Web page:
Email meet MS Teams – Teams meet Email

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Does your typical day look something like…

Outlook, Alt + Tab – Teams, Alt + Tab – Outlook, Alt + tab Teams. Add in a few more applications to flip through in between, and that sums up the day of the average corporate employee. (minus coffee, lunch, coffee, coffee breaks)

According to McKinsey, high-skill knowledge workers spend 28% of their workweek managing e-mail

Fret not – email is ubiquitous and will continue to be.

MS TEAMS is designed to improve communication, but your IT department pushed this on your machine and you don’t even know if your using it properly. Why does it feel like just another application to open? Follow along to read some examples of how we can actually improve communication with TEAMS, rather than increasing the number of times we flip between Outlook and Teams.

The objective of this post is to simply demonstrate useful examples of bringing certain types of emails directly into a Teams Channel.

3 reasons to move emails into Teams Channels:

  1. So you can stop forwarding emails to your team members, and each of them filing a copy in their inbox.
  2. So you can reduce the number of “Reply All” messages in your inbox, and spend less time hitting delete delete delete….
  3. So your inbox stays clutter free – and business focused.

Examples of brilliant use cases to forward emails to Teams Channels.

  1. Daily/Weekly/Monthly Newsletters & Blogs. Use the Teams Channel email address to subscribe to newsletters and blogs – the posts will appear in your channel conversations. The best part is, everyone can chat about the post and contribute their thoughts like any conversation, internally. You can finally stop Reply’ing All 🙂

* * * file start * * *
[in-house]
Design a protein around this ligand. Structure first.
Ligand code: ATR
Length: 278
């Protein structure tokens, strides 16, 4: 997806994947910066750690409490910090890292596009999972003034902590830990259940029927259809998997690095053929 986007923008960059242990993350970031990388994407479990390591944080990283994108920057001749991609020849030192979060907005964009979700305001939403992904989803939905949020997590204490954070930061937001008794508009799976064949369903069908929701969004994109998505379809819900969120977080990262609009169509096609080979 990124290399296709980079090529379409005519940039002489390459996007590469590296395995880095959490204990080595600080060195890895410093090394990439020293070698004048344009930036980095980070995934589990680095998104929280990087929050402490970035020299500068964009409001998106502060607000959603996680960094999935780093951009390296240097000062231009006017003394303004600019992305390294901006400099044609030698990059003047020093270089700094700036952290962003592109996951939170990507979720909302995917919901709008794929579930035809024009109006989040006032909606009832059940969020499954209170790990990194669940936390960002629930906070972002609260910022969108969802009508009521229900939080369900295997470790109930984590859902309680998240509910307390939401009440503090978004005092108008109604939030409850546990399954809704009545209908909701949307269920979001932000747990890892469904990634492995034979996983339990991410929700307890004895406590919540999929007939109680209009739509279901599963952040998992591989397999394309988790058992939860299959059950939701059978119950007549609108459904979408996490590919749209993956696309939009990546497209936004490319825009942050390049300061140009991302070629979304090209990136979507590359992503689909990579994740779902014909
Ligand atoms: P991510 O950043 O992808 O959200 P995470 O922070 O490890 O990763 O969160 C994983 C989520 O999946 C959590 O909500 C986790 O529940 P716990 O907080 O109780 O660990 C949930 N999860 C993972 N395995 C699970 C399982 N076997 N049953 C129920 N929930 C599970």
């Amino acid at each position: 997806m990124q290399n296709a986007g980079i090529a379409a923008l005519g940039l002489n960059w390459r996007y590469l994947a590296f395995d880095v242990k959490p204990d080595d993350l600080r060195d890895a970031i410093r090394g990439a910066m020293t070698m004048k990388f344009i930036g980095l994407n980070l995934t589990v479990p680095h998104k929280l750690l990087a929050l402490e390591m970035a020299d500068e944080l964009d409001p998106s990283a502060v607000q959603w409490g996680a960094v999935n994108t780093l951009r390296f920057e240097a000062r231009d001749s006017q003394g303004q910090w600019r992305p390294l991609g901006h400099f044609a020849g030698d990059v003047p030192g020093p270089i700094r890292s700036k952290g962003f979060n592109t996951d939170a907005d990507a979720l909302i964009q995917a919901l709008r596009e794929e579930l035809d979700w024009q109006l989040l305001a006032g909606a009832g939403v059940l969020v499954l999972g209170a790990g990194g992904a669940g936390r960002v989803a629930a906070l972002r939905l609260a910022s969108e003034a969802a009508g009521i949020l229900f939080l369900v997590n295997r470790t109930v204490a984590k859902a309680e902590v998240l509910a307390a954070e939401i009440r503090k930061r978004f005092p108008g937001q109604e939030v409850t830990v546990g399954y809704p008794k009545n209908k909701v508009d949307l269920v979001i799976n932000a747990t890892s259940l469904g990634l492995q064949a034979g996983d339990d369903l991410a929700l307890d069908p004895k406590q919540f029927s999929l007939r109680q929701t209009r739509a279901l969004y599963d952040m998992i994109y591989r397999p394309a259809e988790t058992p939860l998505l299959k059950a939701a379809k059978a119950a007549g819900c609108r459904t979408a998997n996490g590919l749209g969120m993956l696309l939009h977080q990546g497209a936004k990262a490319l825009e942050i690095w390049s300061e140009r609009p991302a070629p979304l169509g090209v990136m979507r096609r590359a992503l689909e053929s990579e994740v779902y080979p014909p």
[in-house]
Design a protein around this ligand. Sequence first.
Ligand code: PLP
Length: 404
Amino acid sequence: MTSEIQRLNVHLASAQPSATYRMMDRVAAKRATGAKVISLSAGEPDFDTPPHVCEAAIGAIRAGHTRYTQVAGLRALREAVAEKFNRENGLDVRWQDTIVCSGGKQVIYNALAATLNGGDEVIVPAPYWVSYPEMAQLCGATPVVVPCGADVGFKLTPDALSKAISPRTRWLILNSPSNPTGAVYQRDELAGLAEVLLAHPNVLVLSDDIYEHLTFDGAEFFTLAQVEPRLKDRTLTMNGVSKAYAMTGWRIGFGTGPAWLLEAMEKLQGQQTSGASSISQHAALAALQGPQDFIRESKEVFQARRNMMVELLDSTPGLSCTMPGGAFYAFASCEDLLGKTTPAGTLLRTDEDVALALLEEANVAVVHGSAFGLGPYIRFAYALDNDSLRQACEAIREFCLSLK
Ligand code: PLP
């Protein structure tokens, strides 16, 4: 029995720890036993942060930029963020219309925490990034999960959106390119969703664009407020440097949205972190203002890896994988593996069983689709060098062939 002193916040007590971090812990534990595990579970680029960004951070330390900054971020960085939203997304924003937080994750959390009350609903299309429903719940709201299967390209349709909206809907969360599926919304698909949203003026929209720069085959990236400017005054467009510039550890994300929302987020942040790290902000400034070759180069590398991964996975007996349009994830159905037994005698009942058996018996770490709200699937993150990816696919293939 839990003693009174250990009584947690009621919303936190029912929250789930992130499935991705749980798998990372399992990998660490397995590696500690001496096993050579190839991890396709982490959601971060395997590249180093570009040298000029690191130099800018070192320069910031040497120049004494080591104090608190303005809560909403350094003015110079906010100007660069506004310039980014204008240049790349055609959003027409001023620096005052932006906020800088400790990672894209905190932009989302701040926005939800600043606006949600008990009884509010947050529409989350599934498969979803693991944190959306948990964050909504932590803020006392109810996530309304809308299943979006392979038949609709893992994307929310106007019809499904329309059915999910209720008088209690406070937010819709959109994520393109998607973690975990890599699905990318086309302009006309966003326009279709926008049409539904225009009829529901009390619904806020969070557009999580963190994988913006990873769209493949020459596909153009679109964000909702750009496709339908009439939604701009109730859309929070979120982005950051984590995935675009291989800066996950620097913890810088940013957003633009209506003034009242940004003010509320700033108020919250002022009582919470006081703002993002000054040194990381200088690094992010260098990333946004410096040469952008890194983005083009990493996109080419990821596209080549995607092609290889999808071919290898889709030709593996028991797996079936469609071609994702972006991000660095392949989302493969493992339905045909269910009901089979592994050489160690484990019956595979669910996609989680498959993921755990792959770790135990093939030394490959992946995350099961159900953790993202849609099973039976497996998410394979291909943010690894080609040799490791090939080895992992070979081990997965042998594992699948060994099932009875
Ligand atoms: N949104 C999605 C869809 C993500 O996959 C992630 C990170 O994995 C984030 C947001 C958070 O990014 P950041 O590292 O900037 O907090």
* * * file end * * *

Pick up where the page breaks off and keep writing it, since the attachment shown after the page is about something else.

2. Inquiries from your company website. When a customer completes a form on your website, an email is sent to a recipient with details of the inquiry. Imagine a world where this email pops up in your Teams Channel, and starts an internal conversation about the inquiry. Use this method to action inquiries quickly, assign team members, and provide immediate updates. You can take it a step further – create a Planner card to track inquiries so they don’t get dropped.
  3. Weekly stats, periodic alerts and industry updates. Any email with a frequency and relevancy to your team is a great use case. Forwarding these emails to Teams Channels will remove clutter from inboxes, automatically file attachments in the channel, and display the email chain in conversations, so it can be available for all team members to collaborate and reference.
  4. Monthly Sales Summaries. Find yourself filing monthly sales summaries in your Outlook folders – saving the attachments to your desktop and finally uploading the files into SharePoint? Have your account managers and sales personnel send updates to your Sales Team in a channel named Monthly Summary. No need for filing and uploading – let TEAMS do the work for you and continue conversations in Teams – for everyone to contribute to.

Of course, these are not the only examples – the possibilities are endless. I do hope, this spurs your imagination and creativity when thinking of ways to improve your teams efficiency and value when communicating.

Instruction on finding your Channel email address can be found here.

If you have any specific questions about TEAMS – please don’t hesitate to reach out to me @atShafina.

1 comments on “Email meet MS Teams – Teams meet Email”

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